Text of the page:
I was about to post the following within the soon-to-disappear "Comment from Greenlee" thread that I initiated, but -- in view of all the vitriol that seems to have affected the ETC blog recently -- it perhaps is best to post this more prominently.
On the Greenlee blog comments, one Bryan asked, "Isn't the problem modern text critics ... have with Greenlee's book is that it is interpreted and presented in light of Biblical Theism and Inspiration"?
Indeed -- that was my original point in referencing Elliott's severe review. Apart from that issue (as one J.C.B. also had commented), virtually everything otherwise appearing in Greenlee's book is no different than what was asserted by Westcott/Hort, Tregelles, or most other textual critics of the past generations.
From an evangelical standpoint, there should be no problem with the theological assertions of a respected evangelical text-critical scholar (which Greenlee most certainly is) in relation to the revelation, inspiration, or even providential preservation of the bulk of the NT text -- so long as that scholar does not use his theological beliefs to force a particular choice of text in those places where significant variants occur.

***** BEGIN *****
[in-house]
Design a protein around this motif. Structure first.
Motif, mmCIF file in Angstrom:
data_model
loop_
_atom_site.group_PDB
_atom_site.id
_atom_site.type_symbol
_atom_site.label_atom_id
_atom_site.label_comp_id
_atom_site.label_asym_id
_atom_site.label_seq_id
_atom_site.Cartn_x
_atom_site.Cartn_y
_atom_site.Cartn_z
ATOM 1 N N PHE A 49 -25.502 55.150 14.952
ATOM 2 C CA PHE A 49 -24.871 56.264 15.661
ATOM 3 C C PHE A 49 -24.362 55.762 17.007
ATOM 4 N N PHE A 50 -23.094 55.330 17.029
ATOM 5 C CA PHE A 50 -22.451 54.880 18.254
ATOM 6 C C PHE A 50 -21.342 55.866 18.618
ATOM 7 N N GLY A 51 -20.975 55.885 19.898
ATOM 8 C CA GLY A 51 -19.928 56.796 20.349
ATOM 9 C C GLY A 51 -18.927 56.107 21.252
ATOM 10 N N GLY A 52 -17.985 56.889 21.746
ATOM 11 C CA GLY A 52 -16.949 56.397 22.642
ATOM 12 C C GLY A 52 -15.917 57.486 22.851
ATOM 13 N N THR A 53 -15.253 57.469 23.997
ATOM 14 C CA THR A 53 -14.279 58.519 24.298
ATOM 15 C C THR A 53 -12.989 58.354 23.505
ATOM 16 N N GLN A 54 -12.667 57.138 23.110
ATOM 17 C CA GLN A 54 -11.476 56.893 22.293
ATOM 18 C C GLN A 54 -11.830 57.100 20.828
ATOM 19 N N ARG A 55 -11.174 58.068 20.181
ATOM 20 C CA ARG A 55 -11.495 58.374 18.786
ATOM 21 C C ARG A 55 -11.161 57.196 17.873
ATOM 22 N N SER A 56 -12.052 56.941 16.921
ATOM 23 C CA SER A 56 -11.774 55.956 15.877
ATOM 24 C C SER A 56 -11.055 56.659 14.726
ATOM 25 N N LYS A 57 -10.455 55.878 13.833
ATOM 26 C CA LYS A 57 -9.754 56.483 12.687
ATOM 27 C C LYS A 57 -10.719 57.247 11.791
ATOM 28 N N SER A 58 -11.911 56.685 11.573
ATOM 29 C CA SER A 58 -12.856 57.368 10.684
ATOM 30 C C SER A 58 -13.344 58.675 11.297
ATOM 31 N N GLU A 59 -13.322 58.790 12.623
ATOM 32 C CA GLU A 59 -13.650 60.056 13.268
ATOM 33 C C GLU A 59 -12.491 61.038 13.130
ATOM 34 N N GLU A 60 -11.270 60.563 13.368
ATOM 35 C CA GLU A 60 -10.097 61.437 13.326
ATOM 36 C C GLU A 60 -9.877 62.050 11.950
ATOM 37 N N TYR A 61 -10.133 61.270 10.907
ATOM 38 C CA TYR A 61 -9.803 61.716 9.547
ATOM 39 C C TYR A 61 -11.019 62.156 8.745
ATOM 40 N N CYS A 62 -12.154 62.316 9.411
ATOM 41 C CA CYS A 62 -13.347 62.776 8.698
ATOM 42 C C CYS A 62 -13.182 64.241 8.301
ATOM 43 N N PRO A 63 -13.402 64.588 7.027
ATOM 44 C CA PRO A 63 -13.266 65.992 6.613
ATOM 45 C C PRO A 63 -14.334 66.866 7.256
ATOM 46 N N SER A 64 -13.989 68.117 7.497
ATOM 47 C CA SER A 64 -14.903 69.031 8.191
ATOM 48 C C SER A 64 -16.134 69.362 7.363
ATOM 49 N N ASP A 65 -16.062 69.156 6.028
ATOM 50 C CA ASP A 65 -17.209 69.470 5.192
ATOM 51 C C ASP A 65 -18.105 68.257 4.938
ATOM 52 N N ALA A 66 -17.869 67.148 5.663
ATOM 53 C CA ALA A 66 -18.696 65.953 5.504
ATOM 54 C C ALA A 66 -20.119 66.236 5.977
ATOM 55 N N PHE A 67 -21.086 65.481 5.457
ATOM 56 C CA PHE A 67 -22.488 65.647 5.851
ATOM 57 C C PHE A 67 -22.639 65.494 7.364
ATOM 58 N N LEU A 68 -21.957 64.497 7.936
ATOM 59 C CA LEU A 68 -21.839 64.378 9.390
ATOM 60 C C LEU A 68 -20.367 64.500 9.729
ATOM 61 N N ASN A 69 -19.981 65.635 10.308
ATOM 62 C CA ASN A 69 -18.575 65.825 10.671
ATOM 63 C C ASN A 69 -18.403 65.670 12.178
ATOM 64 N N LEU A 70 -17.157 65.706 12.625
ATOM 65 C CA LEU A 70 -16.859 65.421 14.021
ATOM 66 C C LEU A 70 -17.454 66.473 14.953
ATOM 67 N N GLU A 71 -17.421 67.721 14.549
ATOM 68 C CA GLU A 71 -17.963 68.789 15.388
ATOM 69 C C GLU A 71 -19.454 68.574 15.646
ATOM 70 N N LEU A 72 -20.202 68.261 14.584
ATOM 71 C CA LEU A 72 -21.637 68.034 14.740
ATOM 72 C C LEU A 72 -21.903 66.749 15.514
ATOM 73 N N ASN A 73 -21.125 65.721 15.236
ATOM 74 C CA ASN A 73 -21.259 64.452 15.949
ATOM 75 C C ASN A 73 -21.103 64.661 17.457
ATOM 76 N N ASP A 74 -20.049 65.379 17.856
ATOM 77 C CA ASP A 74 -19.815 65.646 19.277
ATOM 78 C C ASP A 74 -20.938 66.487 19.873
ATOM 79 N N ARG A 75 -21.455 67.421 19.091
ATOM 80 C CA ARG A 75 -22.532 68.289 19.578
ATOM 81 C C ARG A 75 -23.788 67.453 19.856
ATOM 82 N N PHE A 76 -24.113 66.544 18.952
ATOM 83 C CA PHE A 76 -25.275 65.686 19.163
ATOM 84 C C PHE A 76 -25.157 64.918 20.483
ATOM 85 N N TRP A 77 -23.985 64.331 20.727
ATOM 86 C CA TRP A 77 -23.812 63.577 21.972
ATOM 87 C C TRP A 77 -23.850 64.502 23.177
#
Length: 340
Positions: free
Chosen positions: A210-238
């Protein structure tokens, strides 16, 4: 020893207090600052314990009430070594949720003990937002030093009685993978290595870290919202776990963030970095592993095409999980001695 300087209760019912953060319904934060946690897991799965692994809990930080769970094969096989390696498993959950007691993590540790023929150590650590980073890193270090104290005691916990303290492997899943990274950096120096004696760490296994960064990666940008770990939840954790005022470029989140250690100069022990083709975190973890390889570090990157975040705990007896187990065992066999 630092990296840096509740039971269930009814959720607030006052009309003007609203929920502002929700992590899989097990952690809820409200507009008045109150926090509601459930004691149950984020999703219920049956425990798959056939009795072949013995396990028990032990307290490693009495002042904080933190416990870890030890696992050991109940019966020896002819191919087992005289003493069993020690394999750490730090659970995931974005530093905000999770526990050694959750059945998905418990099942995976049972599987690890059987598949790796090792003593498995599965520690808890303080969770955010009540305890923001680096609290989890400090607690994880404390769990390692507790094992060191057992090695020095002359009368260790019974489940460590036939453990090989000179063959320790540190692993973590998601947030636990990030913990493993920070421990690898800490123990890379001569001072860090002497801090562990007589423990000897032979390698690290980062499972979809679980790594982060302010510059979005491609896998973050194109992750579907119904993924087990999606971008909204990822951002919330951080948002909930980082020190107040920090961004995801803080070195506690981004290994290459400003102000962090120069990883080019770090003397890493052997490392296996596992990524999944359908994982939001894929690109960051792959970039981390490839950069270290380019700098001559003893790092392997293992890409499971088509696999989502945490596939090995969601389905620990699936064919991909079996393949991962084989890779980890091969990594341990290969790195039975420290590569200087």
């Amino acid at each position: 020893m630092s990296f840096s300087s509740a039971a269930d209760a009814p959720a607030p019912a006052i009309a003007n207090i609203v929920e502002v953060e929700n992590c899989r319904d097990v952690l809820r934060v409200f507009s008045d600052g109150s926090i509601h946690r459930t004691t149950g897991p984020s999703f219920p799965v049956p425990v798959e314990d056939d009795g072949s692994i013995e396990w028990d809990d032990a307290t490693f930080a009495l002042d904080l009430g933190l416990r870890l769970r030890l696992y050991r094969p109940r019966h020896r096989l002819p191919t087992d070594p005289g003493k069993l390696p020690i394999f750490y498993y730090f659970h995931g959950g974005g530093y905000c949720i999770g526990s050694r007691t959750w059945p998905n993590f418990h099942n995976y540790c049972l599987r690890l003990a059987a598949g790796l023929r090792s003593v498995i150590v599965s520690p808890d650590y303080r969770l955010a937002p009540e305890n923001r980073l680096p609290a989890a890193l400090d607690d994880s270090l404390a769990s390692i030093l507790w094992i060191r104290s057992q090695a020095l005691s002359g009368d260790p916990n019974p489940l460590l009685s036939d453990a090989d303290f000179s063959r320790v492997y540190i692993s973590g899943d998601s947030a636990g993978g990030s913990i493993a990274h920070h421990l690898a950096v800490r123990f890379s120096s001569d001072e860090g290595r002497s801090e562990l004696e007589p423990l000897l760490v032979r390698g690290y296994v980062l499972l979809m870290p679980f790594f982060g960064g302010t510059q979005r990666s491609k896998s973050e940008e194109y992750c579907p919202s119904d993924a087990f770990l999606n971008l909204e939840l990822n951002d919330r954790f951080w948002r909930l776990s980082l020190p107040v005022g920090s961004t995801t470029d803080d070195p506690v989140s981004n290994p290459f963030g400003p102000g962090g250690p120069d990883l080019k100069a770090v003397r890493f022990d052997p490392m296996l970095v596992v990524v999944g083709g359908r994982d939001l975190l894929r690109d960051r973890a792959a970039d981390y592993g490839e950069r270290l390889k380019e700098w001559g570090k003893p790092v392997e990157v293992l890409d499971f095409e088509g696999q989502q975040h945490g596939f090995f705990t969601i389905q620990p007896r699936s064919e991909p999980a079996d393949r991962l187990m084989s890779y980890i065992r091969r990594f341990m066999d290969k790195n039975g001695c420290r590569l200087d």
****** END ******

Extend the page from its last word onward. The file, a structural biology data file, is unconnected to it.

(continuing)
Greenlee as an evangelical text-critical scholar clearly favors the NA/UBS critical text; as an evangelical text-critical scholar, I differ widely from that perspective. Yet Greenlee and I both hold similar theological positions relative to the overall nature of the NT Greek text, including all of the above-mentioned factors. One would think that a proper interrelation of theological belief and NT textual criticism position would be heartily embraced and endorsed by (at least) evangelical scholars rather than criticized so severely in what supposedly is a house filled with friends.